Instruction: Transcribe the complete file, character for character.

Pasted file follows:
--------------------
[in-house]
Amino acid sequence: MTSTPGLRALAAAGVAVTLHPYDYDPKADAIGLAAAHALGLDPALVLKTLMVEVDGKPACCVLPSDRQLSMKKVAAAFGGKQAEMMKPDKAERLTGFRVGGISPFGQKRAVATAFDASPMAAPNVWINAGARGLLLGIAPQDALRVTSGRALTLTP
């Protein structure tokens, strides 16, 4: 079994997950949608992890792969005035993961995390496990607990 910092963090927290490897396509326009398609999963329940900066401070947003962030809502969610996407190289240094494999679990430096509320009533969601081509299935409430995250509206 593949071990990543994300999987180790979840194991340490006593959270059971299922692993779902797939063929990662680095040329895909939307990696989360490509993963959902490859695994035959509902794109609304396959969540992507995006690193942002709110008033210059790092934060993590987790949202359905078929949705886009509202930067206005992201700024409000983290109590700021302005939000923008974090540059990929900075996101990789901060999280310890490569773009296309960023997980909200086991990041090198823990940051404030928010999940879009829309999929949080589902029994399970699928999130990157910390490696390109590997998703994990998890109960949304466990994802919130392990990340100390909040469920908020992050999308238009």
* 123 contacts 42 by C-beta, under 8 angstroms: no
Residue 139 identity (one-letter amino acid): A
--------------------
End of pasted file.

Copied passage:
[in-house]
Amino acid sequence: MTSTPGLRALAAAGVAVTLHPYDYDPKADAIGLAAAHALGLDPALVLKTLMVEVDGKPACCVLPSDRQLSMKKVAAAFGGKQAEMMKPDKAERLTGFRVGGISPFGQKRAVATAFDASPMAAPNVWINAGARGLLLGIAPQDALRVTSGRALTLTP
């Protein structure tokens, strides 16, 4: 079994997950949608992890792969005035993961995390496990607990 910092963090927290490897396509326009398609999963329940900066401070947003962030809502969610996407190289240094494999679990430096509320009533969601081509299935409430995250509206 593949071990990543994300999987180790979840194991340490006593959270059971299922692993779902797939063929990662680095040329895909939307990696989360490509993963959902490859695994035959509902794109609304396959969540992507995006690193942002709110008033210059790092934060993590987790949202359905078929949705886009509202930067206005992201700024409000983290109590700021302005939000923008974090540059990929900075996101990789901060999280310890490569773009296309960023997980909200086991990041090198823990940051404030928010999940879009829309999929949080589902029994399970699928999130990157910390490696390109590997998703994990998890109960949304466990994802919130392990990340100390909040469920908020992050999308238009």
* 123 contacts 42 by C-beta, under 8 angstroms: no
Residue 139 identity (one-letter amino acid): A